Submitted by: MSV 2nd District
WHEREAS, diet is the single most significant risk factor for disability and premature death1, and
WHEREAS, most Americans do not adhere to U.S. dietary recommendations2, and are exposed to marketing, food culture, lack of information of good nutritional choices and health impacts, and in some areas, food “deserts” with lack of healthy nutritional choices, and
WHEREAS, while schools are working toward helping children have better nutrition, there are still are some areas where poor nutritional items are available to children who may not make wise nutritional choices (including but not limited to items specifically recommended for avoidance in the daily diet of children, such as sodas, high sugar fruit juices and “sports” drinks, caffeinated products, candy, ice cream, and high fat processed meats), and
WHEREAS, the current state regulations, designed to conform with the FDA guidelines to provide vending products that must meet the guidelines for school meals exclude beverages from meeting any nutritional guidelines5, and
WHEREAS, diabetes has been declared a non-contagious epidemic of world-wide significance by the WHO4, and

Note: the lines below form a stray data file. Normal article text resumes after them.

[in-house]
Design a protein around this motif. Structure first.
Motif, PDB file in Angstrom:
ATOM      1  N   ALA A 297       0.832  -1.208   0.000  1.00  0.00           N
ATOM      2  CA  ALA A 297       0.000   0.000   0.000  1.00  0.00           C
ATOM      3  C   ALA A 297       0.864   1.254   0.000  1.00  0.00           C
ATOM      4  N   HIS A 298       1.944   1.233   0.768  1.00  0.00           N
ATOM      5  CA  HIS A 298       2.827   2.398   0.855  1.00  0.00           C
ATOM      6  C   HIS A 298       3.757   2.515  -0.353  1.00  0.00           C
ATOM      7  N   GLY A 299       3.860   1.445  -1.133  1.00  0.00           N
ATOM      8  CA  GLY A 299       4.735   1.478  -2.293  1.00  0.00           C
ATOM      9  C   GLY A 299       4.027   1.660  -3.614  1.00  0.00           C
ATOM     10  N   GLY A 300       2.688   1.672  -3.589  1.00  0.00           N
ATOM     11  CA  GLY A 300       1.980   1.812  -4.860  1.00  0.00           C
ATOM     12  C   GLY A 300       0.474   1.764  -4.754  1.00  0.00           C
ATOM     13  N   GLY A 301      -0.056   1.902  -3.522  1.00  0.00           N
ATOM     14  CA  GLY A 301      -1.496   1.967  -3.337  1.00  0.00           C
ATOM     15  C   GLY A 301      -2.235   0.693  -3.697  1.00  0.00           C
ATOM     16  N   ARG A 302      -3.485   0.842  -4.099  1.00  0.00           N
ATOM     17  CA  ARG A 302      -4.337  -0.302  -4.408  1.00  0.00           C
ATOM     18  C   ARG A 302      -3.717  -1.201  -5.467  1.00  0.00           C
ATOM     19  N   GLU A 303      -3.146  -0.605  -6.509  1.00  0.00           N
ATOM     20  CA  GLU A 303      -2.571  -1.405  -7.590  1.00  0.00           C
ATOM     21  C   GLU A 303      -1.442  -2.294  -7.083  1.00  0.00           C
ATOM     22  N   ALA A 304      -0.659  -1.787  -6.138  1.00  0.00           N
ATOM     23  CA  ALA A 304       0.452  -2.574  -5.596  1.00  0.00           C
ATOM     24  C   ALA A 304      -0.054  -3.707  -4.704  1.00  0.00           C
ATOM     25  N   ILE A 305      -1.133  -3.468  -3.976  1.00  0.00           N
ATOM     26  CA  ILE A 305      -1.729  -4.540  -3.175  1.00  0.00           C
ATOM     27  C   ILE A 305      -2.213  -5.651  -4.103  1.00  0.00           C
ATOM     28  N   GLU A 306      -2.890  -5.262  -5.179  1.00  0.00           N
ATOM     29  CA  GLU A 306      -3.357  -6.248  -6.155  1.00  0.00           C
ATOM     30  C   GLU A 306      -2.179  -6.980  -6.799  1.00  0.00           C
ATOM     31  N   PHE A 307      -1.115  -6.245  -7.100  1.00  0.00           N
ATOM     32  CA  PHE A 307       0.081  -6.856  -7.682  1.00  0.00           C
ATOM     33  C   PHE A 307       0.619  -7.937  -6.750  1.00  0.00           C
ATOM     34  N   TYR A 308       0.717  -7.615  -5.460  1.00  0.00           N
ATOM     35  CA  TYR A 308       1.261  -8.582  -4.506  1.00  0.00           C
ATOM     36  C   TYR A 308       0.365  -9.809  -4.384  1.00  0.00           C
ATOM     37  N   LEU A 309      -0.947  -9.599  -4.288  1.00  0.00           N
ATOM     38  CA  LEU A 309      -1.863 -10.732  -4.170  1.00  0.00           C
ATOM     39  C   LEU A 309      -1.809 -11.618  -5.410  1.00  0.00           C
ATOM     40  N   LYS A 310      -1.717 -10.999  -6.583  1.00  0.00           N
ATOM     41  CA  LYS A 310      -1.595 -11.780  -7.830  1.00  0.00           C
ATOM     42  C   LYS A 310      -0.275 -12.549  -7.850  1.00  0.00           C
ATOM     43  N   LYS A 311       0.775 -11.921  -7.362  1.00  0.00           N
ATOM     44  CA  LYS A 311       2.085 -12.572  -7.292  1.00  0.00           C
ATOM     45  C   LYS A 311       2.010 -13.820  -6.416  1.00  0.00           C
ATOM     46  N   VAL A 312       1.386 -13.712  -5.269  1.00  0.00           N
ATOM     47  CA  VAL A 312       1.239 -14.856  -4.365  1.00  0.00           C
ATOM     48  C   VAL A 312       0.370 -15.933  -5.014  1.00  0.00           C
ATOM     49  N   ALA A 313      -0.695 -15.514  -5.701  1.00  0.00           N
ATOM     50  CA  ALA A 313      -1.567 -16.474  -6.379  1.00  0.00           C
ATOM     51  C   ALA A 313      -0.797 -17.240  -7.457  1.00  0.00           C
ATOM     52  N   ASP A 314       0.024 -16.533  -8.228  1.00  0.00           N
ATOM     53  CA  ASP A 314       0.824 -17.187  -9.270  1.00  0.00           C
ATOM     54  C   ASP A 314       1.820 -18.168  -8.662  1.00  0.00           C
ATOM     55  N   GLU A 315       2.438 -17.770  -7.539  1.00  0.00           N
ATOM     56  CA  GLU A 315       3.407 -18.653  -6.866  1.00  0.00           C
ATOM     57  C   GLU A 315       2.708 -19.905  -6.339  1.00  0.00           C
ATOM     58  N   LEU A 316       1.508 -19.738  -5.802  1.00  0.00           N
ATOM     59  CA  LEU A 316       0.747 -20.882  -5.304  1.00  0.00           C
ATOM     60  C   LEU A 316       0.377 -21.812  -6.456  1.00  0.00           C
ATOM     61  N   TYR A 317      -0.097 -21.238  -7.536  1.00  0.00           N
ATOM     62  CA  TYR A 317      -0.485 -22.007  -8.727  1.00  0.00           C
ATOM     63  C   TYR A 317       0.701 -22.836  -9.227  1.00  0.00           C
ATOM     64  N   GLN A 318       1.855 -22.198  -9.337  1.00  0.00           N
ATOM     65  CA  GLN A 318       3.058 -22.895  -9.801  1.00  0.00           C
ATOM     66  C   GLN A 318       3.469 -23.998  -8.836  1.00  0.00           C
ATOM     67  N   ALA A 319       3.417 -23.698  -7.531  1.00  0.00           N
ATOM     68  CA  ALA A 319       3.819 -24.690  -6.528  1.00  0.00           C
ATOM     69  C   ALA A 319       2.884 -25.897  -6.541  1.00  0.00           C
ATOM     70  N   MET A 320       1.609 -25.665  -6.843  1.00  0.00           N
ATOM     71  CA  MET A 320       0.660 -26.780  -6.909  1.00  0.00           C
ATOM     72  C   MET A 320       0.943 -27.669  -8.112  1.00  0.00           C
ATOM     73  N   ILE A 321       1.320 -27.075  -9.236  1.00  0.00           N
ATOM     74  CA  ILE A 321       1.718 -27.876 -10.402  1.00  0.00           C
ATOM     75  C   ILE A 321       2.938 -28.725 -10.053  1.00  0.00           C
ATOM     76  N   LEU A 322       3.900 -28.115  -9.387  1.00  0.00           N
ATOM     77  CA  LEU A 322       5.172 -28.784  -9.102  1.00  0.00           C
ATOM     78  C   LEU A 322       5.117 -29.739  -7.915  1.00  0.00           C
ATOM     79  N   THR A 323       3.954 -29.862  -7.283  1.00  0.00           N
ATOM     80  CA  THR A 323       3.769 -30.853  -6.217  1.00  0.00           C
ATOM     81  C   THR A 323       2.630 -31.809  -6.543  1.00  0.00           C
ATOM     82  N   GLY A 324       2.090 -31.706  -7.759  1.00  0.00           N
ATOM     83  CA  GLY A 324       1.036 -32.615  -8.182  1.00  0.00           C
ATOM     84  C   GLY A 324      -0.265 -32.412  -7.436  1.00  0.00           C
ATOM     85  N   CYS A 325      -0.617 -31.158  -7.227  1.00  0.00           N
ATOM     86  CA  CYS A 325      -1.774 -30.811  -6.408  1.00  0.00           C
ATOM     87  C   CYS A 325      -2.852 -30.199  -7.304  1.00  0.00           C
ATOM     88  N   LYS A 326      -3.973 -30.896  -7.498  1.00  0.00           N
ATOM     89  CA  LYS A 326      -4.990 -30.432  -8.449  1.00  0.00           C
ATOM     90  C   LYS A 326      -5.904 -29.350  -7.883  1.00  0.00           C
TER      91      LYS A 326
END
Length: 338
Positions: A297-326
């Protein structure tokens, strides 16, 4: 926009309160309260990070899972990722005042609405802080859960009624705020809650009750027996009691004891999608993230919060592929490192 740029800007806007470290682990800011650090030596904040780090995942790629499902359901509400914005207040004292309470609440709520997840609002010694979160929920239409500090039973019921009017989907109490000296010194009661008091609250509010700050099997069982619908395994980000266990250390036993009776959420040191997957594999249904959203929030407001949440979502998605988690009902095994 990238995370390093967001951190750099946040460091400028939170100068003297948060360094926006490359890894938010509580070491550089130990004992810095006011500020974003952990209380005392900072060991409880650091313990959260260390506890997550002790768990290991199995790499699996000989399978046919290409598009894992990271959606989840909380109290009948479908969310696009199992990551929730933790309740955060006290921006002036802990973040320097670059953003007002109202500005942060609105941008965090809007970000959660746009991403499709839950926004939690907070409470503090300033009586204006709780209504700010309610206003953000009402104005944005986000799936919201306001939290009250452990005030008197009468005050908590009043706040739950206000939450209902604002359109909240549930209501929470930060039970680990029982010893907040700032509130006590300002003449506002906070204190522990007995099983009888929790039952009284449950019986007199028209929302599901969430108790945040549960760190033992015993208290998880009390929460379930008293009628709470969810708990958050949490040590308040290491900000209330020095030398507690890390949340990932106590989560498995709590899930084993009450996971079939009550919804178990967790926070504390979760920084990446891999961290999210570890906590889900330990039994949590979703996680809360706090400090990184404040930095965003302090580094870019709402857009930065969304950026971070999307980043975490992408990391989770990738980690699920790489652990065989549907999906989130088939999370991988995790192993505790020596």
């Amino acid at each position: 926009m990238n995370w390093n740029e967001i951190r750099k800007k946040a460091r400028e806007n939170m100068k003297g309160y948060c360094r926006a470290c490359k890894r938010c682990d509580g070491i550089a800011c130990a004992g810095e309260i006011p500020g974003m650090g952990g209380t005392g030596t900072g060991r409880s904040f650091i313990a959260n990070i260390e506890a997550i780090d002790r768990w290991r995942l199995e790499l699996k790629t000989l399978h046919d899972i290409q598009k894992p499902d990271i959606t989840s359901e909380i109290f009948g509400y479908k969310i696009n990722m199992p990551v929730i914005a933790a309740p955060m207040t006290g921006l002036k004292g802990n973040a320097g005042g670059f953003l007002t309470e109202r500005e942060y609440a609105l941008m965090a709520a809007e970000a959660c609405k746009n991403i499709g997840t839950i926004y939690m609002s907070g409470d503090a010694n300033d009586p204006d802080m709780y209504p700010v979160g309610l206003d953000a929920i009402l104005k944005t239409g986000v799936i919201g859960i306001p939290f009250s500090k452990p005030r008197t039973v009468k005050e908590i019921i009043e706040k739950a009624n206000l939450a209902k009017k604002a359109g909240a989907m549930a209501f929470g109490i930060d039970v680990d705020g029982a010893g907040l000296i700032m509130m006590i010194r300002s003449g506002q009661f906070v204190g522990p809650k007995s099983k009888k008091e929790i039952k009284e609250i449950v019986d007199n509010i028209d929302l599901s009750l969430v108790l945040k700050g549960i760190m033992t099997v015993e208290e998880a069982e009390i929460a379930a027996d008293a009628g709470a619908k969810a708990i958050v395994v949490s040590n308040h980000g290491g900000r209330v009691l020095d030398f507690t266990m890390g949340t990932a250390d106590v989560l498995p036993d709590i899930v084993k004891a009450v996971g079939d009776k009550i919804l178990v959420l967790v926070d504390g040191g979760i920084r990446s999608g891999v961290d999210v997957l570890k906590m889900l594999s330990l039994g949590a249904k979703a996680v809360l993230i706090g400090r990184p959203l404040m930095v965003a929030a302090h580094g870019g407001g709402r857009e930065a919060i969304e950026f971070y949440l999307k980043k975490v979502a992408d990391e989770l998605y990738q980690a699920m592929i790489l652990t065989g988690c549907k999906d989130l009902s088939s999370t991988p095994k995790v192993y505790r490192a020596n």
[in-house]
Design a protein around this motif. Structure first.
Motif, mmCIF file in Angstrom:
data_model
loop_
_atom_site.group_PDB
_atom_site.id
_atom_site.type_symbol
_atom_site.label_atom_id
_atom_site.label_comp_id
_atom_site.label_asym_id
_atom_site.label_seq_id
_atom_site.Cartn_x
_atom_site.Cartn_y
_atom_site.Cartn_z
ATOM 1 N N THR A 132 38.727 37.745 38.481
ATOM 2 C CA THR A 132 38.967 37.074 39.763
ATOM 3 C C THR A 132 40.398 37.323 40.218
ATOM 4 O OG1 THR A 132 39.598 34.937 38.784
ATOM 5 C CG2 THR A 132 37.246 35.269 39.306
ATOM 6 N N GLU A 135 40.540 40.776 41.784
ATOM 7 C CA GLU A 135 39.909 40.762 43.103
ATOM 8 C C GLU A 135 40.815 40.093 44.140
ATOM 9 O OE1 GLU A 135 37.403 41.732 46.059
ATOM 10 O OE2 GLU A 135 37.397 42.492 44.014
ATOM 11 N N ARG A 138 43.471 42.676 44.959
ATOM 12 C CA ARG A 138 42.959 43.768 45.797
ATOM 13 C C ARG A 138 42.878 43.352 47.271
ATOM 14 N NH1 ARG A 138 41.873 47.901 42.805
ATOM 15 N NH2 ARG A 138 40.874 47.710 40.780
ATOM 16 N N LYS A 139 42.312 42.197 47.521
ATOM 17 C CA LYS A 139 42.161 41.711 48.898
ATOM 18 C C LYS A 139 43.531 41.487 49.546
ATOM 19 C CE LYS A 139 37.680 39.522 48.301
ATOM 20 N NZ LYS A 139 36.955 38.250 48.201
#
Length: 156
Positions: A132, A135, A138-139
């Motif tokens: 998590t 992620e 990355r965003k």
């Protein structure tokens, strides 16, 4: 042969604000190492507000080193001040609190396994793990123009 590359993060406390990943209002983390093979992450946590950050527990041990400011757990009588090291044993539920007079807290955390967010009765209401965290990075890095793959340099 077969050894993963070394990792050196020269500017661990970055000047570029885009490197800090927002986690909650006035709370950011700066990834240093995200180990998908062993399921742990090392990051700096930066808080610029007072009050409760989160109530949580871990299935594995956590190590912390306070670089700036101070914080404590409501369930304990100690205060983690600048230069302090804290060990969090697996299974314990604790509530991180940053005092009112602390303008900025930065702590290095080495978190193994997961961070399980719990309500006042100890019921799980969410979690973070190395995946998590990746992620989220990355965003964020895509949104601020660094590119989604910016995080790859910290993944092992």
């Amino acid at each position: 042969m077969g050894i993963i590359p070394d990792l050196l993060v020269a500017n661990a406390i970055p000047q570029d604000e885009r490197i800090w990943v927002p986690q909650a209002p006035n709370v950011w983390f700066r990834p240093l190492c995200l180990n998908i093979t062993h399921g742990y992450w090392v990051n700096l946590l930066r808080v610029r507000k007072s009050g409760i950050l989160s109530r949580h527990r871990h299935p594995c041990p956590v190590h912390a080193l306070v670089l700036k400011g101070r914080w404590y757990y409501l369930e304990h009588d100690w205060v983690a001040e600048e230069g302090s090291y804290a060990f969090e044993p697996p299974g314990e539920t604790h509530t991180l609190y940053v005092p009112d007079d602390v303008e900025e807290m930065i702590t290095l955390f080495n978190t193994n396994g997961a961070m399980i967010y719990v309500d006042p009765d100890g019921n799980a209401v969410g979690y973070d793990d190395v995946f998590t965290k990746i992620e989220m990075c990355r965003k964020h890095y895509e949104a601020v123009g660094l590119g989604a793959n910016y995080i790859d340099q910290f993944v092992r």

WHEREAS, the MSV does not currently have in our guiding positions any specific statements regarding nutrition as an important and necessary part of the role physicians have in the total health of our patients and of the population of Virginia, and the necessary role as advocates for good nutritional practices where encouraged via education, guidelines, local or state regulations, be it therefore
RESOLVED, the MSV shall be engaged to encourage currently scientifically sound nutritional guidelines be advocated for in all spheres for the citizens of the Commonwealth of Virginia and, when able, serve as an advocate for the availability of food and beverages that are nutritionally healthy, particularly for the young or underserved, and be it further
RESOLVED, the MSV will serve as an advocate for education and, when able, provide support for efforts to improve nutritional patterns and eating habits to effect population health change.
1. Devries S, Dalen JE, Eisenberg DM, et al. A deficiency of nutrition education in medical training. Am J Med . 2014;127(9):804–806.
2. U.S. Department of Agriculture. A snapshot of the 2015–2020 Dietary Guidelines for Americans. December 22, 2016. https://www.choosemyplate.gov/snapshot-2015-2020-dietary-guidelines-amer.... Accessed August 7, 2018.
3. Locke, Amy MD;, Schneiderhan, Amy , MD;. Zick, Suzanna, ND, MPH, Am Fam Physician. 2018 Jun 1;97(11):721-728.
4. WHO global report on diabetes. http://www.who.int/diabetes/global-report/en/ Accessed August 7, 2018.
5. https://law.lis.virginia.gov/vacode/title22.1/chapter13/section22.1-207.4/ Accessed August 7, 2018